In this March 8, 2017, file photo, Maine Gov. Paul LePage speaks at a town hall meeting in Yarmouth, Maine. LePage plans to commute the sentences of some “lower-risk” offenders and help them find jobs, but he has not disclosed how many people would be released.. (AP Photo/Robert F. Bukaty, File)

AUGUSTA (AP) — Maine’s Republican governor announced plans Tuesday to commute the sentences of some “lower-risk” offenders and help them find jobs, but he has not disclosed how many people would be released.

Gov. Paul LePage’s office said the decision is not related to the recently announced closure of Downeast Correctional Facility in Washington County. LePage and the state corrections commissioner said Friday that the state would move 100 inmates from the “outdated” and “expensive” minimum-security Downeast facility to other state prisons.

LePage’s spokeswoman Adrienne Bennett said LePage hasn’t signed any commutations yet. The review began this week.

But James Durkin, legislative director for Council 93 of the American Federation of State, County, and Municipal Employees, said the union has heard that eight inmates will be released from the Maine Correctional Center on Wednesday and that 20 others will leave Bolduc Correctional Facility in Warren.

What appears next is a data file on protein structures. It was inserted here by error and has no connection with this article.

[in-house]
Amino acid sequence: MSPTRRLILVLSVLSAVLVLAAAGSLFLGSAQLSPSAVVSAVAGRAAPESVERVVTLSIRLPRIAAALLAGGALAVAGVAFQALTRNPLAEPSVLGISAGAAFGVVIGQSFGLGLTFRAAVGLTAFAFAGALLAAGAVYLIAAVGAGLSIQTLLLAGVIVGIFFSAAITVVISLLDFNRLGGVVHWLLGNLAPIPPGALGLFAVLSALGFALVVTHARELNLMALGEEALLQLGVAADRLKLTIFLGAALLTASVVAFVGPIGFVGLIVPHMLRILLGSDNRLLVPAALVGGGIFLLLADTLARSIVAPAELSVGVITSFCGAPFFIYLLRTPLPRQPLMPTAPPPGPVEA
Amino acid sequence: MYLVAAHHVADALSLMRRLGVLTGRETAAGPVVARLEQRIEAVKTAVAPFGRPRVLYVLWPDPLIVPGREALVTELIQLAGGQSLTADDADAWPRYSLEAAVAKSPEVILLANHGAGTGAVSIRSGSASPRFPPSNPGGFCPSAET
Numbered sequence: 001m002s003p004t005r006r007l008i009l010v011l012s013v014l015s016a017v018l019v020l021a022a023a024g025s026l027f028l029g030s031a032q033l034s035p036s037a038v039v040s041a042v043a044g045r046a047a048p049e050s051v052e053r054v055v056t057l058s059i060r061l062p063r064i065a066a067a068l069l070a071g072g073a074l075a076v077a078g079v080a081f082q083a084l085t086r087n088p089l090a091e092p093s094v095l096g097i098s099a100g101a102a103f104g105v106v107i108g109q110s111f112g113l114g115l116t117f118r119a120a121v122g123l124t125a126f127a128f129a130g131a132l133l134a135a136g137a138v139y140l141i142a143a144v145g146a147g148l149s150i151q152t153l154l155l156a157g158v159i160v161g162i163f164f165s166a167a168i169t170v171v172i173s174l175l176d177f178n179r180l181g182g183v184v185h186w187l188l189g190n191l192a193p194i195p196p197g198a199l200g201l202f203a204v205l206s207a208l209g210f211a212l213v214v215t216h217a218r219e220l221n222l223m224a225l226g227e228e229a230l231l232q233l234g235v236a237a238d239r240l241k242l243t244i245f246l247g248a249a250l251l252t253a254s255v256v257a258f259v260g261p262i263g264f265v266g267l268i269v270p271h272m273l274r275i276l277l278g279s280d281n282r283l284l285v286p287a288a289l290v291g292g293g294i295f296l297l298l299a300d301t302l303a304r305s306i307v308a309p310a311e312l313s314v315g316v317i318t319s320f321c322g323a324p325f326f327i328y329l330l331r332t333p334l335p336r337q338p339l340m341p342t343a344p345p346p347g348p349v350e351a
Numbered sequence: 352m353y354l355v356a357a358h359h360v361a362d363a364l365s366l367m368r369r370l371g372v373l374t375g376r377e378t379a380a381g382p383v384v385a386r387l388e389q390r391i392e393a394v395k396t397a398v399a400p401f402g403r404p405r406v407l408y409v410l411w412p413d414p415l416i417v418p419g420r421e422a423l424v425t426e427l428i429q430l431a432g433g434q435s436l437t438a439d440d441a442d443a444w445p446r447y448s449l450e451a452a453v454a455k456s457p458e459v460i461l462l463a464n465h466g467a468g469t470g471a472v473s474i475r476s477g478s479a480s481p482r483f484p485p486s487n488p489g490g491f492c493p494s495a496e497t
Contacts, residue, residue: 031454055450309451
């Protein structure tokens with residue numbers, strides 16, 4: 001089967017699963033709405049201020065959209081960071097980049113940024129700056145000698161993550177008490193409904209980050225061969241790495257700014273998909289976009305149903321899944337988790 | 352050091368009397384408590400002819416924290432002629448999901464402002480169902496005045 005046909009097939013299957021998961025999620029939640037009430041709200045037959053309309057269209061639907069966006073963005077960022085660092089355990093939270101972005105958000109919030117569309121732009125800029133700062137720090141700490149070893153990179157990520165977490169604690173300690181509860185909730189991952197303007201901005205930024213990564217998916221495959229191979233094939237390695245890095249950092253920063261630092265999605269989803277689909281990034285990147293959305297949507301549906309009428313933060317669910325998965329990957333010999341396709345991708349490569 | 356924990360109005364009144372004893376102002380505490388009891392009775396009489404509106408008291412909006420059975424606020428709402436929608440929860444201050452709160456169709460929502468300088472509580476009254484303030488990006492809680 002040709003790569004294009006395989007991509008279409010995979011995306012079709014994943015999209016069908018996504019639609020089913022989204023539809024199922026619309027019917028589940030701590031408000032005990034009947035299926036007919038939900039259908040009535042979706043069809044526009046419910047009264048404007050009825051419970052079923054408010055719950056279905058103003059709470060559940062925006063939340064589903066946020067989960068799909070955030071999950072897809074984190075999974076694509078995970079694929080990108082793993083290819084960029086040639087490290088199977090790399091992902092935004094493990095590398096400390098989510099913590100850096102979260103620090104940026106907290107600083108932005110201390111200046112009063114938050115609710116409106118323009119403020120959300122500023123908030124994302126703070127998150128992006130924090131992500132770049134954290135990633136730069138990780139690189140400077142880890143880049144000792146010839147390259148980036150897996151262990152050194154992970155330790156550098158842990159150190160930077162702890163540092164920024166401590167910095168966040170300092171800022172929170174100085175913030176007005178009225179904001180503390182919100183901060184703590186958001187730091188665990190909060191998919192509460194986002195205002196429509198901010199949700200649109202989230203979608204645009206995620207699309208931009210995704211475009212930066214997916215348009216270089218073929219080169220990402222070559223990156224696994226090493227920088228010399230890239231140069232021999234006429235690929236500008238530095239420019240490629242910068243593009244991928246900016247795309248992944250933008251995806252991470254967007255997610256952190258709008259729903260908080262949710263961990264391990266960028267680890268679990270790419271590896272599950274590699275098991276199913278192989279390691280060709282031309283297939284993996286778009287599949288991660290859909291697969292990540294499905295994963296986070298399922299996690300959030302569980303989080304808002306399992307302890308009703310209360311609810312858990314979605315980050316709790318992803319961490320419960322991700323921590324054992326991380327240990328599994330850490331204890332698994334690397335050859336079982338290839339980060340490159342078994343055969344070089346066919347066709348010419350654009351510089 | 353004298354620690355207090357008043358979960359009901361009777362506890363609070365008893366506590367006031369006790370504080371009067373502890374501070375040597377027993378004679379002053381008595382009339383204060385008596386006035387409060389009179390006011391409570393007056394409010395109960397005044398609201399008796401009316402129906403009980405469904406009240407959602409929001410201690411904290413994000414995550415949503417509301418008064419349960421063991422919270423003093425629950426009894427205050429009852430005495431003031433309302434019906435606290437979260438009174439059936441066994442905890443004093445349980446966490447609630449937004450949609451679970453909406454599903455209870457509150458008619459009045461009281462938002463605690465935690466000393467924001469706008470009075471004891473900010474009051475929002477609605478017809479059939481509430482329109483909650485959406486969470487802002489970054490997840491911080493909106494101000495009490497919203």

Maine has the nation’s lowest incarceration rate and has approximately 2,000 sentenced prisoners under state jurisdiction, according to the U.S. Department of Justice.

Sen. Joyce Maker and Rep. Will Tuell, two Washington County Republican lawmakers who have long opposed the Downeast facility’s closure, say LePage lacks the authority to unilaterally shut down a state prison funded by lawmakers. LePage has proposed closing the facility as part of his $6.8 billion, two-year budget proposal, while a legislative committee has unanimously recommended keeping the facility open for two more years.

Opponents say the state lacks enough beds for the facility’s inmates. A representative of the Department of Corrections testified in March it has about 40 secure male beds open.

Maker said Tuesday she’s concerned about how many prisoners are going to be released, and where they’ll go.

“We’re going to have more people coming in right behind them, and where are they going to put them?” she said.

Bennett said the state will follow the normal procedure for alerting crime victims.

LePage said in a statement Tuesday that “conditional commutations are a part of a system-wide approach to a fiscally responsible corrections department that is committed to transitioning low-risk offenders into jobs and self-sufficiency.”

The governor’s office said any released offenders must agree to conditions like a curfew, refraining from criminal conduct, random searches for drugs and in certain cases, substance abuse treatment.

State Corrections Commissioner Joseph Fitzpatrick didn’t respond to request for comment. It’s unclear how the state will decide which offenders are “lower-risk.”


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